For most state lawmakers who voted on a motor fuel tax measure last year, 2016 is the first time they are facing re-election. In the eight states, 231 Democratic state legislators voted in favor of increasing state motor fuel taxes (66 percent of all Democrats in office at the time of the vote). In the 2016 primaries, 125 of these Democrats were up for re-election, with 122 winning their primary race. Just three Democrats who supported a gas tax increase and were up for re-election lost their seat in the primaries. One hundred and thirteen Democratic lawmakers voted against a gas tax increase in 2015, with 39 of those legislators up for re-election in 2016, and one losing their seat in their primary race.
In 2015, 440 Republican state legislators supported successful legislation to increase state gas taxes (65 percent of all Republicans in office at the time of the vote). In the 2016 primaries, 293 of these Republicans ran for re-election, with 287 winning, and only six losing their seat.
The ARTBA-TIAC analysis is available at www.transportationinvestment.org.
Established in 2014, TIAC is a first-of-its kind, dynamic education program and Internet-based information resource designed to help private citizens, legislators, organizations and businesses successfully grow transportation investment at the state and local levels through the legislative and ballot initiative processes.
New Homes Sales Jump 12.4 Percent in July
New home sales took off in July, as strong job growth, low mortgage rates and increased construction brought buyers back in droves. The South accounted for most of the gain, with sales surging 18.1 percent.
Momentum Is Shifting Back Toward New Homes
- Momentum is finally shifting back toward the new home market, particularly in the South, which has seen job growth surge this past year. Overall sales rose 12.4 percent in July, following a 1.7 percent gain in June. Sales through the first seven months of 2016 are up 12.4 percent from one year ago.
- Home sales also rose solidly in the Northeast, surging 40 percent in July, and inched 1.2 percent higher in the Midwest.
Home Sales Heat Up in the South
- While the Northeast posted the largest percentage gain in July, that region accounts for the smallest share of new home sales. The South accounts for well over half of all new home sales and has seen sales and new construction take off this year as job growth and in-migration have strengthened.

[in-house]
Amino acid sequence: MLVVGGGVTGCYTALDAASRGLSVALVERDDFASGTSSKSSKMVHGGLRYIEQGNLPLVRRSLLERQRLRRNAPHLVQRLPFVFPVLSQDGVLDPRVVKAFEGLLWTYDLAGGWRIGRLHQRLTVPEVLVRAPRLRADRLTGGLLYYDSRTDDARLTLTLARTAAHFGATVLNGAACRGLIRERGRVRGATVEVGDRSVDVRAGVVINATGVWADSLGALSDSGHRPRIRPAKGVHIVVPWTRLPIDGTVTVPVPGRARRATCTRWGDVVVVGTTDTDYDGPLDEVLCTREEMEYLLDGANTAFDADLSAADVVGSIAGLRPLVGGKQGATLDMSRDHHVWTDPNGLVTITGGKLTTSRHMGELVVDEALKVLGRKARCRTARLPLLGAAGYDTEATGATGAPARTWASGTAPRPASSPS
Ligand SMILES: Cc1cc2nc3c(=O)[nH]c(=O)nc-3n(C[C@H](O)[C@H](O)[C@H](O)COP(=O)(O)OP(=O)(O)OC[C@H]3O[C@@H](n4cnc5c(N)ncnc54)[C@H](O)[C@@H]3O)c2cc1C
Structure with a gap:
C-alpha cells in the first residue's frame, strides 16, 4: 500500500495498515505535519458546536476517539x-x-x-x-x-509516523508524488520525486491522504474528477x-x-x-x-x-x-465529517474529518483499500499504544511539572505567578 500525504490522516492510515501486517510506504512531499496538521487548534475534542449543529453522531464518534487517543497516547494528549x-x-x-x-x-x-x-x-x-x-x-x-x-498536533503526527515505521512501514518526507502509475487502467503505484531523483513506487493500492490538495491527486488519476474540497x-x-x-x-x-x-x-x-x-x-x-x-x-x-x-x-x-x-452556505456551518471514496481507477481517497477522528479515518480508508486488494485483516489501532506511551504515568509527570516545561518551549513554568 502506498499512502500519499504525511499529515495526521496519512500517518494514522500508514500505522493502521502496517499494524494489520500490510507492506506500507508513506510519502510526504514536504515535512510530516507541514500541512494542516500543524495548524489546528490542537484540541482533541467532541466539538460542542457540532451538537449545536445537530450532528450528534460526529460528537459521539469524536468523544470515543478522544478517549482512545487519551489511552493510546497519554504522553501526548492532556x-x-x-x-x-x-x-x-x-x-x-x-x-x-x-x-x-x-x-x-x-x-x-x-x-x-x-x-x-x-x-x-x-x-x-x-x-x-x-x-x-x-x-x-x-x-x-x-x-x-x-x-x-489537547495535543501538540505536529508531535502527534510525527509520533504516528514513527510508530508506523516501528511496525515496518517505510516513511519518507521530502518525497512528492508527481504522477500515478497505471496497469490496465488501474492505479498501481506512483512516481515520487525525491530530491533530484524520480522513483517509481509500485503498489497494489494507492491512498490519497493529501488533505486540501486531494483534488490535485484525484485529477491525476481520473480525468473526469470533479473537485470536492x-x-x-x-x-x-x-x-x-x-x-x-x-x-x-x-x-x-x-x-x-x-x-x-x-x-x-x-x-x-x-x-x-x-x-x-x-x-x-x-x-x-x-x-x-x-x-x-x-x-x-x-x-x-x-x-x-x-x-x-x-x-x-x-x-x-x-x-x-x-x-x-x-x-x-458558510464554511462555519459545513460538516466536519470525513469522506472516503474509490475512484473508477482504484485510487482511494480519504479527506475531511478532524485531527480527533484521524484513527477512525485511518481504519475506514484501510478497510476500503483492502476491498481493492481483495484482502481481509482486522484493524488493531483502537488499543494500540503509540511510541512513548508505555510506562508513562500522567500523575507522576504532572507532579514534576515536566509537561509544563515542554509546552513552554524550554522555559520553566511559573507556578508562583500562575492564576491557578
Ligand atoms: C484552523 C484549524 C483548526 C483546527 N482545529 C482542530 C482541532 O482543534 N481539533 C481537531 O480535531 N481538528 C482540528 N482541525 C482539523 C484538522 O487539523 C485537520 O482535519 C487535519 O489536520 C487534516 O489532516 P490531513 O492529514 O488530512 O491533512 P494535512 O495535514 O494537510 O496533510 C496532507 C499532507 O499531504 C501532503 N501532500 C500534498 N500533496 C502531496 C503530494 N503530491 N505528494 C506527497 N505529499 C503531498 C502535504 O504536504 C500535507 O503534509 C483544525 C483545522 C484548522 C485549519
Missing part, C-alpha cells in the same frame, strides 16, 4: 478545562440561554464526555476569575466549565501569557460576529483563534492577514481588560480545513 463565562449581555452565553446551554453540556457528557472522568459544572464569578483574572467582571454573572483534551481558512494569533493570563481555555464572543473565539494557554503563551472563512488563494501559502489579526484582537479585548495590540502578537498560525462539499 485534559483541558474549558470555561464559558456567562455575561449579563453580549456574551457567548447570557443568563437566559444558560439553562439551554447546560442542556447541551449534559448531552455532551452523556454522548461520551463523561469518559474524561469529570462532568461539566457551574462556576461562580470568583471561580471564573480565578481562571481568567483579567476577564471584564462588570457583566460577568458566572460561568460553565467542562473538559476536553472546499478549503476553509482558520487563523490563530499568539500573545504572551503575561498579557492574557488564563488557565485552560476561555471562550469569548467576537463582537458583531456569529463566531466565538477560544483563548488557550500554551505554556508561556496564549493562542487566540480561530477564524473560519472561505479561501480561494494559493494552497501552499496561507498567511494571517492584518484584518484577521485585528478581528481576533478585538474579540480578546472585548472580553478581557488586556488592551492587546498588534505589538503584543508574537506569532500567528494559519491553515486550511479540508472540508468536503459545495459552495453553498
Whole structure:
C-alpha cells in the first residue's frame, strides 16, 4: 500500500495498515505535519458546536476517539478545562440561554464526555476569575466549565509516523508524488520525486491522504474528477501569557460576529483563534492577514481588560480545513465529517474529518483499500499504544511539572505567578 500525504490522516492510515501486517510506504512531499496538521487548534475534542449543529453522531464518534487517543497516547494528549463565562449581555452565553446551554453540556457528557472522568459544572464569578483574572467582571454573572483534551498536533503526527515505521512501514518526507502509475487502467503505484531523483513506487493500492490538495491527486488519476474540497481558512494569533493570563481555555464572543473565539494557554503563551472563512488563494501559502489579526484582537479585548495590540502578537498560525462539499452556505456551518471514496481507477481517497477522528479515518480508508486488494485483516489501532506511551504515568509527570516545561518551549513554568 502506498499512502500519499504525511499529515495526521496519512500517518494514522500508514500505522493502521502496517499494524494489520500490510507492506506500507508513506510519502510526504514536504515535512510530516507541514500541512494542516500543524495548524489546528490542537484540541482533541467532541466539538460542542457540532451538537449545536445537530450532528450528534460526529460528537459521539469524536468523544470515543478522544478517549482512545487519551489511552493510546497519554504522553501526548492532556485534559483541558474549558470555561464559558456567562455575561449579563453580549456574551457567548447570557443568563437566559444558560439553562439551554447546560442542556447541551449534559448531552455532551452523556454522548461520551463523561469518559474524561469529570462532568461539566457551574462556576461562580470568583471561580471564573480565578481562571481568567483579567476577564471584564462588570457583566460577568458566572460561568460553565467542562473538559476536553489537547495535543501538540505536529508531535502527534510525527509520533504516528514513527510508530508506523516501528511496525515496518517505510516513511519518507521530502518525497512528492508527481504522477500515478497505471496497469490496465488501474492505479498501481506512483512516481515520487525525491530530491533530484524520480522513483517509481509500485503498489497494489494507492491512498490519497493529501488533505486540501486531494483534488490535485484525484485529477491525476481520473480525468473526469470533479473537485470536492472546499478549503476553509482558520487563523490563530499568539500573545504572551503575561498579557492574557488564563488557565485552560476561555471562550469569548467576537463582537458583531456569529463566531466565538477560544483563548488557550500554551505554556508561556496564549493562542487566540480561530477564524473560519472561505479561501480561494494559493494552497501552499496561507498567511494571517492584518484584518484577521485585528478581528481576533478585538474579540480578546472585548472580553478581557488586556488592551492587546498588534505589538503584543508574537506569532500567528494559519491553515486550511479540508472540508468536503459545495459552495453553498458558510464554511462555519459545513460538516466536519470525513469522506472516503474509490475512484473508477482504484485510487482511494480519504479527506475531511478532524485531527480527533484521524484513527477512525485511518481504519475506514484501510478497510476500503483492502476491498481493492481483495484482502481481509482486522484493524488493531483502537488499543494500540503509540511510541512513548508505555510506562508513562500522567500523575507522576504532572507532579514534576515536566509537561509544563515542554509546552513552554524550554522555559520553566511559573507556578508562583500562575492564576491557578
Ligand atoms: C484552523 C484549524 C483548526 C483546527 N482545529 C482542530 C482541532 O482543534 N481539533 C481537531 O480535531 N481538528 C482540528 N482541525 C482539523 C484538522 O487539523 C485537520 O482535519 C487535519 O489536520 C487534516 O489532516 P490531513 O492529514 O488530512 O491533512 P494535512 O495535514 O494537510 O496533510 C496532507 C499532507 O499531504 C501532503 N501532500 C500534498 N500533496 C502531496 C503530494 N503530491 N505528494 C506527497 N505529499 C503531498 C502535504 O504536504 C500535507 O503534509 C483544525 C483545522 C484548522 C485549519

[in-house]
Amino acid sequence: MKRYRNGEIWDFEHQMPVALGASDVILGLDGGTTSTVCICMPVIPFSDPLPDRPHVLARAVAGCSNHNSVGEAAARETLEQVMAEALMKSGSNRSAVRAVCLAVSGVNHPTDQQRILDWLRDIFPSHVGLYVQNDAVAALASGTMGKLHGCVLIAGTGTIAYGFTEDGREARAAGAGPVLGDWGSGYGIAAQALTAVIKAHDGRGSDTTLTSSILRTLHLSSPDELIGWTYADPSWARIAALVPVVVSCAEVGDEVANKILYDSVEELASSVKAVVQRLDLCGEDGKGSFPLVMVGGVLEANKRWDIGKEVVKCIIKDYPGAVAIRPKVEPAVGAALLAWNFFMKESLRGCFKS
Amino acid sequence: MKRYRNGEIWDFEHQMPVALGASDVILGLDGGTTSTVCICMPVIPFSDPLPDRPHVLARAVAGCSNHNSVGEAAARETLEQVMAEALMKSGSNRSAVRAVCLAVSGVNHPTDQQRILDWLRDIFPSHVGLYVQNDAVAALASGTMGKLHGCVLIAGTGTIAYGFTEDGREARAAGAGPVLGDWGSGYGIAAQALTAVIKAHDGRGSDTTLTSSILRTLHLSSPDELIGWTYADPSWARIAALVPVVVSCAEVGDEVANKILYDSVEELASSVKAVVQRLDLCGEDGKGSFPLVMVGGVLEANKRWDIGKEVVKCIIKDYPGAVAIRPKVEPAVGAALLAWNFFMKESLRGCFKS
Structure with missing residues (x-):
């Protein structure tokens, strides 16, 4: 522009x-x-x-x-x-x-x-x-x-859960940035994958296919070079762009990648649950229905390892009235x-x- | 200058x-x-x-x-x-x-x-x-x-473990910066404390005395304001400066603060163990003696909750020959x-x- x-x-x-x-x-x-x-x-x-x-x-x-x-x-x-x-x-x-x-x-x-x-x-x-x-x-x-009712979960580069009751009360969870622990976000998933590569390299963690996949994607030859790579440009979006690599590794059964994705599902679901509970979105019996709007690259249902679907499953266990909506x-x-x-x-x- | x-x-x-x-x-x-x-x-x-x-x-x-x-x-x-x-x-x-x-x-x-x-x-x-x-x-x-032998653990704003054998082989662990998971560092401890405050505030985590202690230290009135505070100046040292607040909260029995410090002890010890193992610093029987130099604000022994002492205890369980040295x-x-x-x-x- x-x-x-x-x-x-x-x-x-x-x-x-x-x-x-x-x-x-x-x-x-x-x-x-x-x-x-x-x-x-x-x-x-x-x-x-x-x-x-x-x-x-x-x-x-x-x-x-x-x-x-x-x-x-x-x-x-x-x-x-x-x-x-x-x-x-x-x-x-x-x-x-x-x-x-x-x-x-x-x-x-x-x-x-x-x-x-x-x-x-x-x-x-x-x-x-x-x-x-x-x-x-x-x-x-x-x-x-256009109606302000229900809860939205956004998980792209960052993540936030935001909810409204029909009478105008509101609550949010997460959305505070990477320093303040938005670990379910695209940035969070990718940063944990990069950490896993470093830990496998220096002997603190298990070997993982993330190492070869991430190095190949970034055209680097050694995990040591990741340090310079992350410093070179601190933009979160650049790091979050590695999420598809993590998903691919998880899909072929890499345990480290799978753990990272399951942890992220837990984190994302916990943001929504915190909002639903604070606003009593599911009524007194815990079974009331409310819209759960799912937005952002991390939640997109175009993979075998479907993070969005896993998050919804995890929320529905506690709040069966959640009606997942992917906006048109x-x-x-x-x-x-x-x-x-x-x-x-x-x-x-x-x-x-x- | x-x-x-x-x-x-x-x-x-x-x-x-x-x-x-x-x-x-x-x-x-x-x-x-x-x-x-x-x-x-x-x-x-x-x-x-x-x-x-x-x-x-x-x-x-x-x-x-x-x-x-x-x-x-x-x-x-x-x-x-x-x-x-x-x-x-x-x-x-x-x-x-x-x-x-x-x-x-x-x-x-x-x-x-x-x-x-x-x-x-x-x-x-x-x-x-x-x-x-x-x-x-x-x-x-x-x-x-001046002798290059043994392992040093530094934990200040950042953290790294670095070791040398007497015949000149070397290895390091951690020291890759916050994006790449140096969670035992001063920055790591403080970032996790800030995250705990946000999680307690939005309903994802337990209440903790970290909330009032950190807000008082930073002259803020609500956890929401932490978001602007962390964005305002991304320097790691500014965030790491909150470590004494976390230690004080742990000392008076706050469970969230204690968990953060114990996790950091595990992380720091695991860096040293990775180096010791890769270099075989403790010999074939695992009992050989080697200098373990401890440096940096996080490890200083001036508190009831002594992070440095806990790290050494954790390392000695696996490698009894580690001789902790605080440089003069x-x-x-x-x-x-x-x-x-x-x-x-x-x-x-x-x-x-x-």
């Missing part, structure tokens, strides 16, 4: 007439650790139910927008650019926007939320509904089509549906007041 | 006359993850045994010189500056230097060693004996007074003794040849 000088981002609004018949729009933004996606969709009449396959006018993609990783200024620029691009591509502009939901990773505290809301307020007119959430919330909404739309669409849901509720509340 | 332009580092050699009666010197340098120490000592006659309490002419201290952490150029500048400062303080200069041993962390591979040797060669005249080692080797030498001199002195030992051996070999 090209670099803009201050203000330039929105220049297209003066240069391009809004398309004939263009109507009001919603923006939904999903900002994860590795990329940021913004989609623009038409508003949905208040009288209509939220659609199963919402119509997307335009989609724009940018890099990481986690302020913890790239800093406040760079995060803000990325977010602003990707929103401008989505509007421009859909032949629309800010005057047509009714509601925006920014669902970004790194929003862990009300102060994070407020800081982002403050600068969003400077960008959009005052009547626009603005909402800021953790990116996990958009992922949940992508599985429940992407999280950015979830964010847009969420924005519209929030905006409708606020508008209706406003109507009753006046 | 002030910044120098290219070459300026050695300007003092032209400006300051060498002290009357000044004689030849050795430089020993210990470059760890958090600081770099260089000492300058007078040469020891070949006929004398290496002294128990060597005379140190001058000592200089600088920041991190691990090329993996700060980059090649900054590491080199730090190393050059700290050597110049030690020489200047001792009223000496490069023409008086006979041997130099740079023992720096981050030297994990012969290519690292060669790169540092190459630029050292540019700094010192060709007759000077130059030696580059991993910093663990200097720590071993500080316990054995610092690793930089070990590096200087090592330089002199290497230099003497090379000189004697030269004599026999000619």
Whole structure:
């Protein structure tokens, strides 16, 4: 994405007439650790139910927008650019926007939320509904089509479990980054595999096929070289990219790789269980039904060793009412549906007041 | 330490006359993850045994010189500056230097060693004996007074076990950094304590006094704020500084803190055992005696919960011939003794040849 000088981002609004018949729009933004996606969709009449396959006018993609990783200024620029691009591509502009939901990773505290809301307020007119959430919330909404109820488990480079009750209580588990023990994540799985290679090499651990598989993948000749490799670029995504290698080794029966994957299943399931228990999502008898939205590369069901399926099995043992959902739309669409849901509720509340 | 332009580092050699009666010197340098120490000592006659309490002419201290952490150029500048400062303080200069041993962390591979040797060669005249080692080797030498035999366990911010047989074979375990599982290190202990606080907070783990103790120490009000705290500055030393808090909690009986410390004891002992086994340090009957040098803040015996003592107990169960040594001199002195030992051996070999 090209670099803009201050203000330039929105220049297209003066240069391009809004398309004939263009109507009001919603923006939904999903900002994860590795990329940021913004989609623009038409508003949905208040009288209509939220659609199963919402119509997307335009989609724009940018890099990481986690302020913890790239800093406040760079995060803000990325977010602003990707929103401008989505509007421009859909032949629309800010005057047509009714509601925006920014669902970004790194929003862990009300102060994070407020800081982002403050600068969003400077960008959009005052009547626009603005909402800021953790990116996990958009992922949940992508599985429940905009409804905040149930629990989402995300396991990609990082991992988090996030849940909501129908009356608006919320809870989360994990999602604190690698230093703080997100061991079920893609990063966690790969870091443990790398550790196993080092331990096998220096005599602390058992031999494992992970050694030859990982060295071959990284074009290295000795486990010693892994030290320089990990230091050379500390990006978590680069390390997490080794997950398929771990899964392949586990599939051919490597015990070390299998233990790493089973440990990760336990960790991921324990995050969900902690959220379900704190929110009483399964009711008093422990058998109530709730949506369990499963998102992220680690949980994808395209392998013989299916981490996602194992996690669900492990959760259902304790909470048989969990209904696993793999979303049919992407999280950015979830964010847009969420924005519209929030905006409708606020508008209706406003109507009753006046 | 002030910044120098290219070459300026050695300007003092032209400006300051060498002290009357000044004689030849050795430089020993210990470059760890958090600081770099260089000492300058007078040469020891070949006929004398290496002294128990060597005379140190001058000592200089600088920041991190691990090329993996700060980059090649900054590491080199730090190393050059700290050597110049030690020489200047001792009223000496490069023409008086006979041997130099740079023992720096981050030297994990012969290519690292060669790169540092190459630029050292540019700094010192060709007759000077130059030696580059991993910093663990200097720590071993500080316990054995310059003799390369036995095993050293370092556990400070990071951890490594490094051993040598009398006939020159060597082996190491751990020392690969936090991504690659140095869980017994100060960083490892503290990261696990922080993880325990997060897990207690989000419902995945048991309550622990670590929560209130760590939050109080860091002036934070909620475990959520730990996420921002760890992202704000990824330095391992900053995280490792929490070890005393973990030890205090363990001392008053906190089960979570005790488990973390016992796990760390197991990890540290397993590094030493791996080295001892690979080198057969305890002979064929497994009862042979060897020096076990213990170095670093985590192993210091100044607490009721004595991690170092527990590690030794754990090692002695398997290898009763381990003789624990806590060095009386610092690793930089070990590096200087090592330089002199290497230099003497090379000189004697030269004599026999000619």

- Home price appreciation moderated in July, likely reflecting the shift in sales to lower priced markets in the South.
Existing Home Sales Stumble in July
Existing home sales fell 3.2 percent in July, following four consecutive monthly gains. Home sales continue to have trouble accelerating, reflecting a lack of inventories, appraisal issues and affordability challenges.
Tight Inventories Restrain Existing Home Sales
Existing home sales fell 3.2 percent in July to a 5.39-million unit annual pace (Top Chart), with sales of single-family homes falling 2.0 percent and sales on condominiums and co-ops tumbling 12.3 percent. Both declines marked the first drops since February.
While sales came in below expectations, the lower figures appear to have more to do with a lack of inventories than they do a lack of demand. Overall sales, which reflect closings, are down 1.6 percent from their year ago level. The number of homes available for sale, however, is down a whopping 5.8 percent from its already historically low level. As a result, homes are selling quickly. The average home stayed on the market for just 36 days and 47 percent of homes sold in July were on the market for less than one month.
On a regional basis (Middle Chart), the Northeast saw the sharpest drop, with sales plunging 13.2 percent. Sales fell 5.2 percent in the Midwest and declined 1.8 percent in the South. Sales rose in the West, however, climbing 2.5 percent. The West is home to many of the nation’s hottest housing markets, including Denver, the San Francisco Bay area and Seattle, all of which saw listings remain on the market for a median of just 32 days.
The big drop in the Northeast is likely due to a slowdown in international buyers in New York City. All-cash sales accounted for 21 percent of transactions in July, down from 22 percent in June and 23 percent one year ago. Cash sales, which are primarily investors and international buyers, accounted for the smallest share of overall sales since November 2009. Distressed sales also continued to decline. Foreclosures and short sales accounted for just 5 percent of sales in July, down from 6 percent in June and 7 percent one year ago.
While the overhang of distressed properties has largely cleared the market, the housing crash still casts a large shadow over the housing market, making it difficult for the housing market to rev completely back up. Mortgage underwriting remains stricter than it has in the past and appraisals are often too cautious as well. New home construction has also been slow to come back online, worsening supply constraints.
Moreover, the reluctance of homeowners to put their homes on the market has meant that home prices have risen much faster than income growth, which has reduced housing affordability, particularly in rapidly growing parts of the country such as the West Coast and parts of the Southeast (Bottom Chart). The run-up in home prices has also made it difficult for appraisers to evaluate properties. With many homes selling at or above asking prices, homes are often not appraising at high enough values to qualify for a mortgage, which has led to delays in closings.